By Josh Smith and Hyonhee Shin
SEOUL (Reuters) -North Korea appeared to test-fire a ballistic missile on Tuesday that may be more advanced than a “hypersonic” one it launched less than a week ago, South Korea’s military said, as Pyongyang pursues increasingly powerful weapons.
Tuesday’s launch, condemned by authorities in Washington and Tokyo and prompting an expression of concern from the U.N. secretary general, underscored North Korean leader Kim Jong Un’s New Year’s vow to bolster the military with cutting-edge technology at a time when talks with South Korea and the United States have stalled.
Initial estimates found the missile travelled more than 700 km (435 miles) to a maximum altitude of 60 km at up to 10 times the speed of sound (12,348 km/h), South Korea’s Joint Chiefs of Staff (JCS) said in a statement.
“We assess that this is more advanced than the missile North Korea fired on Jan. 5, though South Korean and U.S. intelligence authorities are conducting detailed analysis,” the JCS said.
The launch was detected around 7:27 a.m. (2227 GMT Monday) from North Korea’s Jagang Province toward the ocean off its east coast, the same location as last week’s test.
The U.S. military’s Indopacific Command said while it had assessed that the launch did not pose an immediate threat to the United States or its allies, it “highlights the destabilising impact of North Korea’s illicit weapons program.”
The Federal Aviation Administration said on Tuesday it briefly halted departures at some U.S. West Coast airports around the time of reports that North Korea had launched a ballistic missile.
A U.S. official said the pause lasted less than 15 minutes “due to initial reports of events in the Indo-Pacific region,” without directly tying it to the missile launch.
North Korea has joined a global race in developing hypersonic missiles, usually defined as types reaching at least five times the speed of sound – and which can manoeuvre at relatively low trajectories, making them much harder to detect and intercept.
South Korean military officials cast doubts on the capabilities of the hypersonic missile North Korea claimed to have test-fired last Wednesday, saying it appeared to represent limited progress over Pyongyang’s existing ballistic missiles.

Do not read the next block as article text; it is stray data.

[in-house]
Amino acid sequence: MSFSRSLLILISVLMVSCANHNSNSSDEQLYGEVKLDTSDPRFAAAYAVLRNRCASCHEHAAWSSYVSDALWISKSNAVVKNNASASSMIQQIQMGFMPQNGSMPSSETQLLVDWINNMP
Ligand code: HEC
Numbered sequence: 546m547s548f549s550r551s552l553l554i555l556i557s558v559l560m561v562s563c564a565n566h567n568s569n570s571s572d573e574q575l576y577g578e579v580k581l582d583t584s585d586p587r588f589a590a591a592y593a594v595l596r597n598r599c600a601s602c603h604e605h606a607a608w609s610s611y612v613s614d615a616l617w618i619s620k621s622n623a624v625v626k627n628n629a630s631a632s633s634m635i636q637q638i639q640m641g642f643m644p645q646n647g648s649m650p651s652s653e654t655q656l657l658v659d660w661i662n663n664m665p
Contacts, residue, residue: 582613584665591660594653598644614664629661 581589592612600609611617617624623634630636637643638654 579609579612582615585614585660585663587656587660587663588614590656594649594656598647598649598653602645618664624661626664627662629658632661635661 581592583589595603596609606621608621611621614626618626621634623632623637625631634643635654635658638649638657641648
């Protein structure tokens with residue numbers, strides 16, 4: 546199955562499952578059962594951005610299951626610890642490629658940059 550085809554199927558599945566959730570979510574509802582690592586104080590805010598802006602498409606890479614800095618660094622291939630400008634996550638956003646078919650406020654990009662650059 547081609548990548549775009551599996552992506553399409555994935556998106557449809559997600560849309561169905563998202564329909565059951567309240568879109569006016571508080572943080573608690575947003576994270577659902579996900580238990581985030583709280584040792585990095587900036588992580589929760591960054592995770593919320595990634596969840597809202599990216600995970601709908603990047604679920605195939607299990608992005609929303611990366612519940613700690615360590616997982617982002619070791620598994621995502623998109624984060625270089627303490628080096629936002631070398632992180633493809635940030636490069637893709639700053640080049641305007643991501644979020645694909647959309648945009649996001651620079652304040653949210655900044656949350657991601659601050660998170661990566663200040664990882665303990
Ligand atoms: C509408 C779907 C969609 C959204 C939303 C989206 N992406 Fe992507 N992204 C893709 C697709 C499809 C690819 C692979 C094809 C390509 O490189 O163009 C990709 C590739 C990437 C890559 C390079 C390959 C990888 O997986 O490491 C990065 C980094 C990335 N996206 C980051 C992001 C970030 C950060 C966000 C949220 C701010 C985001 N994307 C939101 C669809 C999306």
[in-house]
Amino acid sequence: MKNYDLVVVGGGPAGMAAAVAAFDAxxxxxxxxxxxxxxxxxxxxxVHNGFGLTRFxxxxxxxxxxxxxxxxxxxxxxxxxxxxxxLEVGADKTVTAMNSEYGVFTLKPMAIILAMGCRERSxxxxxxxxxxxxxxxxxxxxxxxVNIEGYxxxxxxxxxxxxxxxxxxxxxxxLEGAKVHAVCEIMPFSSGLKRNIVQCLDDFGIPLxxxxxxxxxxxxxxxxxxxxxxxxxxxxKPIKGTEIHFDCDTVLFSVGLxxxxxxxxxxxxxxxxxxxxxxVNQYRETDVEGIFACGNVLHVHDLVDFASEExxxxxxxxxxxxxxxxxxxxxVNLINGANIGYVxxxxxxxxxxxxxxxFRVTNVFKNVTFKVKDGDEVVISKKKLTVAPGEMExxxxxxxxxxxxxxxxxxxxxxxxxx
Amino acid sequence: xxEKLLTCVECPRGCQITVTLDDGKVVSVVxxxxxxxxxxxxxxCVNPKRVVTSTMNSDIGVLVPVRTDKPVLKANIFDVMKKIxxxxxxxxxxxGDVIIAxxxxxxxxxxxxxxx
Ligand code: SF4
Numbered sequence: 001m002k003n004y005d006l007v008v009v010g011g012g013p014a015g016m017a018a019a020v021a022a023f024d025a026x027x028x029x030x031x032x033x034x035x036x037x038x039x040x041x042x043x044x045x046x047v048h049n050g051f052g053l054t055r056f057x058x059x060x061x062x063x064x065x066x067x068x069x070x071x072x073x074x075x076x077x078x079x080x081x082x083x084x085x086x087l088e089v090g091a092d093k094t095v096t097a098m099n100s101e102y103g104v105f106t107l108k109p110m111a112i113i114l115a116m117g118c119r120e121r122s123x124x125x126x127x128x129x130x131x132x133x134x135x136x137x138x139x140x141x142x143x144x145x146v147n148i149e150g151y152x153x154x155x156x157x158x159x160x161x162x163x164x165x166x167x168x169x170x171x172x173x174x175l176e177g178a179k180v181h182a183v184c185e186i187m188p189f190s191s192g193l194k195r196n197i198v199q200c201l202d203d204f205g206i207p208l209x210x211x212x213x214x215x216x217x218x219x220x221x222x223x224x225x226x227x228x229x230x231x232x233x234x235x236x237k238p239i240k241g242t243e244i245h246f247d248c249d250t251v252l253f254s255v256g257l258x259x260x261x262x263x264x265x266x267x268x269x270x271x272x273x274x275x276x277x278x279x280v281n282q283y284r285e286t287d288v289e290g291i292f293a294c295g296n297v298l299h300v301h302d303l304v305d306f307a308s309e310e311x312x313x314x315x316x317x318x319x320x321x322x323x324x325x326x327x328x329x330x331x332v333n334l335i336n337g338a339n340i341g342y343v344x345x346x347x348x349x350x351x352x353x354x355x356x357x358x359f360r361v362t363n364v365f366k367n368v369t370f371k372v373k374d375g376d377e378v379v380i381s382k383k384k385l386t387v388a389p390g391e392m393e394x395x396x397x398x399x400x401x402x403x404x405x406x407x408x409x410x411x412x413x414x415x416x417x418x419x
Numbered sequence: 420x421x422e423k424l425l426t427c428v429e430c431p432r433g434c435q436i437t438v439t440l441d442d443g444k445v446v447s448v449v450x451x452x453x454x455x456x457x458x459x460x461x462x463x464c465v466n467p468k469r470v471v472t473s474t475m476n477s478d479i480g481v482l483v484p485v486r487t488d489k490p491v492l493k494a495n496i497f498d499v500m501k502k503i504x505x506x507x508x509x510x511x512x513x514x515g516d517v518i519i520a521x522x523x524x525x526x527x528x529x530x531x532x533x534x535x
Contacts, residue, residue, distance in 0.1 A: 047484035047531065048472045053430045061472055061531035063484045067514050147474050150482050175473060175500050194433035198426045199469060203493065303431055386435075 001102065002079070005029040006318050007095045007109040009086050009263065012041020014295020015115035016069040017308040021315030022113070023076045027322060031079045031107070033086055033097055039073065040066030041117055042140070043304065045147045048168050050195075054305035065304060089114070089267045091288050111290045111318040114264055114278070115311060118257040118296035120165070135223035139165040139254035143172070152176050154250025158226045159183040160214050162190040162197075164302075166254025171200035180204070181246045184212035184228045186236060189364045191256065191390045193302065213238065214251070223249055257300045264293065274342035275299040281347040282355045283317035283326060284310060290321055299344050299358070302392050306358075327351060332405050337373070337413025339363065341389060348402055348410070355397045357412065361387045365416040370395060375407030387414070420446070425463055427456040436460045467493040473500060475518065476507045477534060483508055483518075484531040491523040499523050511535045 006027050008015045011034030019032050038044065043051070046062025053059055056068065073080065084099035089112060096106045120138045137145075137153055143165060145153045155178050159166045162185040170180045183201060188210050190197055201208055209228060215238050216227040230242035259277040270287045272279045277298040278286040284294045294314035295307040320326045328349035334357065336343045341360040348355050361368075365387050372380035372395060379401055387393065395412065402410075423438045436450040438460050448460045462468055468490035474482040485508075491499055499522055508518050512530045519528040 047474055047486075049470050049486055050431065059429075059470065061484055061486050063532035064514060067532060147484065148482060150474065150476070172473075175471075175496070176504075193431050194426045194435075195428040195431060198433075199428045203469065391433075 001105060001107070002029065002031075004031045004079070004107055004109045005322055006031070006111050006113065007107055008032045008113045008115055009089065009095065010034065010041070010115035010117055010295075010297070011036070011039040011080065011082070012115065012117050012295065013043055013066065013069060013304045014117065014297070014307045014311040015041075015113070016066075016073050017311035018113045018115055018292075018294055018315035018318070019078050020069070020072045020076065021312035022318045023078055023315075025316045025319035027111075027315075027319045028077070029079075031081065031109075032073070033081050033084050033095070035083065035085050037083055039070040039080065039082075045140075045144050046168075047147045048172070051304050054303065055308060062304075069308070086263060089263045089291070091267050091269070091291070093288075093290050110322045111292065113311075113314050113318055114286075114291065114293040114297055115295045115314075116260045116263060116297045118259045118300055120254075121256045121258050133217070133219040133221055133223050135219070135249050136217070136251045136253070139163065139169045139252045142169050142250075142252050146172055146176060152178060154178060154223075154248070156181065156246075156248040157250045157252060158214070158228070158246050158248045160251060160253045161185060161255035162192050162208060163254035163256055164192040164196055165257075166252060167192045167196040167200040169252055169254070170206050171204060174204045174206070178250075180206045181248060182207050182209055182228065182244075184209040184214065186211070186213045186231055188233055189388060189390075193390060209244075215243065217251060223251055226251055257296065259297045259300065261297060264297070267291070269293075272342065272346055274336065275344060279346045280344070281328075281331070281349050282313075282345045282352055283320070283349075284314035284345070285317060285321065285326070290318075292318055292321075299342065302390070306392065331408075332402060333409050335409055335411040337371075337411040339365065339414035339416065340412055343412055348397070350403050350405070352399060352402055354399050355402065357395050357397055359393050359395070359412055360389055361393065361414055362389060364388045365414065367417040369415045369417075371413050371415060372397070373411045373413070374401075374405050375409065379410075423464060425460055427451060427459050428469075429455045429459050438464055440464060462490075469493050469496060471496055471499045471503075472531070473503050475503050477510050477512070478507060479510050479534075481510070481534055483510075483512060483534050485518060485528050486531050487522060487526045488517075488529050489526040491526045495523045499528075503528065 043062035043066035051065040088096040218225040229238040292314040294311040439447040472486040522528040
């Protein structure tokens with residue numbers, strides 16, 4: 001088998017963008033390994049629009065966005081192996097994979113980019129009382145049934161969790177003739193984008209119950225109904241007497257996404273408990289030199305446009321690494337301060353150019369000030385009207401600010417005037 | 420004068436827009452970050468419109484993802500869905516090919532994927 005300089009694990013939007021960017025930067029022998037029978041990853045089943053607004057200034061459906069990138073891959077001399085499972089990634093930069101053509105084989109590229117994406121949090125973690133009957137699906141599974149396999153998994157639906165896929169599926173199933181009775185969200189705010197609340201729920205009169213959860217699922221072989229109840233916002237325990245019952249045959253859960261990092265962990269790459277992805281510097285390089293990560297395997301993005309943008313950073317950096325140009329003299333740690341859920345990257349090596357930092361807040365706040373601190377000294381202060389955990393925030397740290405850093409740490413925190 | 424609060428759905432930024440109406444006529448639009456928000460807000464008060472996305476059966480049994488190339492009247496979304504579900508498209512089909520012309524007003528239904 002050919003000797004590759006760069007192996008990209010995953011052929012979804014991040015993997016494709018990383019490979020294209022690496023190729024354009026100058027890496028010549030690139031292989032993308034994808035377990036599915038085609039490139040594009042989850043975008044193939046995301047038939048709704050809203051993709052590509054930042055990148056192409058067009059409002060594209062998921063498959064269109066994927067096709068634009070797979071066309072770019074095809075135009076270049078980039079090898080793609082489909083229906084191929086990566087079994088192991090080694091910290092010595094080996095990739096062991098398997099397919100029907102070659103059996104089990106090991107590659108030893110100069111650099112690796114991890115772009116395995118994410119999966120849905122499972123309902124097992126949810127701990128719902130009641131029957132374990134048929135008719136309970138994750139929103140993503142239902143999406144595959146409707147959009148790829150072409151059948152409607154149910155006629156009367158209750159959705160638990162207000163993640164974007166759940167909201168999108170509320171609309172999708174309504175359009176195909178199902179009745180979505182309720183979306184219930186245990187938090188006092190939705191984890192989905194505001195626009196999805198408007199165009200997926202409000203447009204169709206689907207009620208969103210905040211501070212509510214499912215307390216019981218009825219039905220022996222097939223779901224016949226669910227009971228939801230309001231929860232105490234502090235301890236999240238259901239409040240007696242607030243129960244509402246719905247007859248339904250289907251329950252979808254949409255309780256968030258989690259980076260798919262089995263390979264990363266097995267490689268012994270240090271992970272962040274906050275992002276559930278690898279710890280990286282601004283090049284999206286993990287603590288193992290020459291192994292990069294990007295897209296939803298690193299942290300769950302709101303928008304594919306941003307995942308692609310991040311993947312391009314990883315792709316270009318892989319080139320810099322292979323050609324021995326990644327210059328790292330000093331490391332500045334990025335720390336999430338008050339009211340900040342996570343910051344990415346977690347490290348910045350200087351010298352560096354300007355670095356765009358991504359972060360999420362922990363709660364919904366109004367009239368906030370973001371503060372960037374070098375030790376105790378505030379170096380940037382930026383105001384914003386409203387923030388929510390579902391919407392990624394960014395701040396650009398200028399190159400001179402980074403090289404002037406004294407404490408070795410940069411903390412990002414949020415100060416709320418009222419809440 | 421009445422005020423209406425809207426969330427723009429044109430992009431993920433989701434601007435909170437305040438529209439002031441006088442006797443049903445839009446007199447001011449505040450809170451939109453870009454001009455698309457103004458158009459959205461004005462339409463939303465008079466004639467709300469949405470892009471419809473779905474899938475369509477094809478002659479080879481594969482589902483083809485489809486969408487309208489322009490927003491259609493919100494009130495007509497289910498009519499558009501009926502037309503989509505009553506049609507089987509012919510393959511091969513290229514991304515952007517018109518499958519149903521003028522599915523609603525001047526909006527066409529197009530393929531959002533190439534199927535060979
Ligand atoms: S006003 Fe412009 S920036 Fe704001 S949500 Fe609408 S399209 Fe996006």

“Today’s test might be intended to send a message to the South after authorities here said the earlier test was a failure and did not involve a hypersonic missile,” Kim Dong-yup, a former South Korea Navy officer who teaches at Seoul’s Kyungnam University.
South Korea’s National Security Council held an emergency meeting and President Moon Jae-in expressed concerns over the series of launches coming ahead of South Korea’s March 9 presidential election.
The nuclear envoys of South Korea and the United States talked on the phone to share their assessment on the missile test and coordinate responses. They agreed to continue to try to restart the peace process with North Korea, South Korea’s foreign ministry said.
“The United States condemns the DPRK’s ballistic missile launch,” a U.S. State Department spokesperson said, while U.N. spokesman Stephane Dujarric said U.N. Secretary General Antonio Guterres was “very concerned” and repeated a call for North Korea to comply with U.N. resolutions and resume talks.
“Diplomatic engagement is the only way to reach a sustainable peace and a complete denuclearization of the Korean Peninsula,” Dujarric said.
U.N. Security Council resolutions ban all North Korean ballistic missile and nuclear tests and have imposed sanctions over the programmes.
Japanese Prime Minister Fumio Kishida noted the United Nations had just finished discussions on how to respond to last week’s launch and called North Korea’s continuing launches “extremely regrettable.”
Tuesday’s test occurred hours after the U.S. mission to the United Nations, joined by France, Ireland, Japan, the United Kingdom and Albania, condemned last week’s launch and called on U.N. member states to fulfil their sanctions obligations.
China and Russia have pushed the U.N. Security Council to ease sanctions on North Korea by removing a ban on Pyongyang’s exports of statues, seafood and textiles, and lifting a refined petroleum imports cap.
North Korea has said it is open to talks, but only if the United States and others drop “hostile policies” such as sanctions and military drills.
Few observers expect Kim to ever fully surrender his nuclear arsenal and North Korea argues its military activities are similar to those of other countries.
(Reporting by Hyonhee Shin and Josh Smith in Seoul, and the Tokyo bureau; Additional reporting by David Shepardson, David Brunnstrom, Daphne Psaledakis and Jonathan Landay in Washington. Writing by Josh Smith. Editing by Lincoln Feast, John Stonestreet and Grant McCool)